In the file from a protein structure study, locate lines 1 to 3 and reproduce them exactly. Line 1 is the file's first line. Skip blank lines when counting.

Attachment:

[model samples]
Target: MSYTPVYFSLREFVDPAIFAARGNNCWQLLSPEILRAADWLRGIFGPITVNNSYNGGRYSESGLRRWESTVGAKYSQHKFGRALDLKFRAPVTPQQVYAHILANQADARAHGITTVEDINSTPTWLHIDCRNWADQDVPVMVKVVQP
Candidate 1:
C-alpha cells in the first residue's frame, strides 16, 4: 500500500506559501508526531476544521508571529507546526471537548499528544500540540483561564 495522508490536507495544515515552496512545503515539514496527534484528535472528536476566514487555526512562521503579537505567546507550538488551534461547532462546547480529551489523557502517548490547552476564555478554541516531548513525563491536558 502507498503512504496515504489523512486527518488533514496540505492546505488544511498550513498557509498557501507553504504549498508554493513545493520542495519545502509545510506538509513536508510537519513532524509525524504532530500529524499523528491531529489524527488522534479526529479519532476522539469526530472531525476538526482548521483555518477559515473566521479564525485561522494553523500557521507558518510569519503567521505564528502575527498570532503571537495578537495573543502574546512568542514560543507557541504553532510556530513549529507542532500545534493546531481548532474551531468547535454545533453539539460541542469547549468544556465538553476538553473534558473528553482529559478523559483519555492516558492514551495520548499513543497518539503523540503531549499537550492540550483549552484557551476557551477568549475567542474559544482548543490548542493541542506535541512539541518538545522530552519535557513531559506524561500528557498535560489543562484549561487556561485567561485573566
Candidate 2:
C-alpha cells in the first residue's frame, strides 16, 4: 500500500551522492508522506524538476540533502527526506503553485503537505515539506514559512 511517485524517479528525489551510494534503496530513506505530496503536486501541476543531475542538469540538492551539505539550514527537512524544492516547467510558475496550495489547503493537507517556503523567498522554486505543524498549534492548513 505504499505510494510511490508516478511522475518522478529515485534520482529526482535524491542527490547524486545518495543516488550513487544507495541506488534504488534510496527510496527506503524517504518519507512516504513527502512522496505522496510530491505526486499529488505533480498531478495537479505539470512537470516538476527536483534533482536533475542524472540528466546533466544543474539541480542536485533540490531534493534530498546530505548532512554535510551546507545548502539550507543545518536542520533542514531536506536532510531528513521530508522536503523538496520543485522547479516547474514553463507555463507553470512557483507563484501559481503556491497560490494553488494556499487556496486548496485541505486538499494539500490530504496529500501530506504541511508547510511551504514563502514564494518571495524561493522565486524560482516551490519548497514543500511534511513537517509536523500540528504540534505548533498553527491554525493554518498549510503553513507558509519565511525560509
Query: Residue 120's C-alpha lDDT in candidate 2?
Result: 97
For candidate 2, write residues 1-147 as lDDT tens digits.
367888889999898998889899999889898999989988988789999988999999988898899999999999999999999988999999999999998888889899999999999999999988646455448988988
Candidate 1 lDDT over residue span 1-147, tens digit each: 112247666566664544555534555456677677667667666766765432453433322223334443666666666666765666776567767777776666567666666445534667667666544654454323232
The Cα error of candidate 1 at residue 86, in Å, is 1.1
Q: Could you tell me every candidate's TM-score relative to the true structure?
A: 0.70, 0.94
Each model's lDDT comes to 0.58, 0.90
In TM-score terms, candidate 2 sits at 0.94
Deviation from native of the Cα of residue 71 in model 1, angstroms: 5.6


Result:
[model samples]
Target: MSYTPVYFSLREFVDPAIFAARGNNCWQLLSPEILRAADWLRGIFGPITVNNSYNGGRYSESGLRRWESTVGAKYSQHKFGRALDLKFRAPVTPQQVYAHILANQADARAHGITTVEDINSTPTWLHIDCRNWADQDVPVMVKVVQP
Candidate 1: